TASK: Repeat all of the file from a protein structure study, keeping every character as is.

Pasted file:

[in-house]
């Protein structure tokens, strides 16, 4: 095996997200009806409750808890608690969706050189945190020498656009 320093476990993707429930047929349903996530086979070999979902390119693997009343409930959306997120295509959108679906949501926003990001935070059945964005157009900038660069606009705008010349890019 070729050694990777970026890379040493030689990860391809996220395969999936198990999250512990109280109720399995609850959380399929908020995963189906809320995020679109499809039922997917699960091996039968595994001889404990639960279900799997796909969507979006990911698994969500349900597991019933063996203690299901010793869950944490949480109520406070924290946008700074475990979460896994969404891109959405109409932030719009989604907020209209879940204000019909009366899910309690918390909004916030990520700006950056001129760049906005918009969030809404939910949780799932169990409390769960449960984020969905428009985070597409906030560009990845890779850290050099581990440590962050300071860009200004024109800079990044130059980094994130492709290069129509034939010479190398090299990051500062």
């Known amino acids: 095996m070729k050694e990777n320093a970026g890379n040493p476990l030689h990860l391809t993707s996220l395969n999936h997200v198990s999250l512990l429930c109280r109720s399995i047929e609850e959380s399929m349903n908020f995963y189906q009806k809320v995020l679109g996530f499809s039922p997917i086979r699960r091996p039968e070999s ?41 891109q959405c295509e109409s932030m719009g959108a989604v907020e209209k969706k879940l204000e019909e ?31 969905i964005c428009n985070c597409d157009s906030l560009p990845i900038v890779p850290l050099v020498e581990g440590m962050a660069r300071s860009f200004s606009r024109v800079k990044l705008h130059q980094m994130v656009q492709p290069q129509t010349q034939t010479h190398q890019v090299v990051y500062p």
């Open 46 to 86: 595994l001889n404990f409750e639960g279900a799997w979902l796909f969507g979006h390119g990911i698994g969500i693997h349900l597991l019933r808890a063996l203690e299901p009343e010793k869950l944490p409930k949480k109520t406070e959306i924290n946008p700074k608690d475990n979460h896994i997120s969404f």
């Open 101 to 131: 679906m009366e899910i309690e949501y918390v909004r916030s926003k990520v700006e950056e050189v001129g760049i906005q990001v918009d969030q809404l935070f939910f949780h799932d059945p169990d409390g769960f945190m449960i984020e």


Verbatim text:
[in-house]
């Protein structure tokens, strides 16, 4: 095996997200009806409750808890608690969706050189945190020498656009 320093476990993707429930047929349903996530086979070999979902390119693997009343409930959306997120295509959108679906949501926003990001935070059945964005157009900038660069606009705008010349890019 070729050694990777970026890379040493030689990860391809996220395969999936198990999250512990109280109720399995609850959380399929908020995963189906809320995020679109499809039922997917699960091996039968595994001889404990639960279900799997796909969507979006990911698994969500349900597991019933063996203690299901010793869950944490949480109520406070924290946008700074475990979460896994969404891109959405109409932030719009989604907020209209879940204000019909009366899910309690918390909004916030990520700006950056001129760049906005918009969030809404939910949780799932169990409390769960449960984020969905428009985070597409906030560009990845890779850290050099581990440590962050300071860009200004024109800079990044130059980094994130492709290069129509034939010479190398090299990051500062």
């Known amino acids: 095996m070729k050694e990777n320093a970026g890379n040493p476990l030689h990860l391809t993707s996220l395969n999936h997200v198990s999250l512990l429930c109280r109720s399995i047929e609850e959380s399929m349903n908020f995963y189906q009806k809320v995020l679109g996530f499809s039922p997917i086979r699960r091996p039968e070999s ?41 891109q959405c295509e109409s932030m719009g959108a989604v907020e209209k969706k879940l204000e019909e ?31 969905i964005c428009n985070c597409d157009s906030l560009p990845i900038v890779p850290l050099v020498e581990g440590m962050a660069r300071s860009f200004s606009r024109v800079k990044l705008h130059q980094m994130v656009q492709p290069q129509t010349q034939t010479h190398q890019v090299v990051y500062p």
């Open 46 to 86: 595994l001889n404990f409750e639960g279900a799997w979902l796909f969507g979006h390119g990911i698994g969500i693997h349900l597991l019933r808890a063996l203690e299901p009343e010793k869950l944490p409930k949480k109520t406070e959306i924290n946008p700074k608690d475990n979460h896994i997120s969404f």
């Open 101 to 131: 679906m009366e899910i309690e949501y918390v909004r916030s926003k990520v700006e950056e050189v001129g760049i906005q990001v918009d969030q809404l935070f939910f949780h799932d059945p169990d409390g769960f945190m449960i984020e």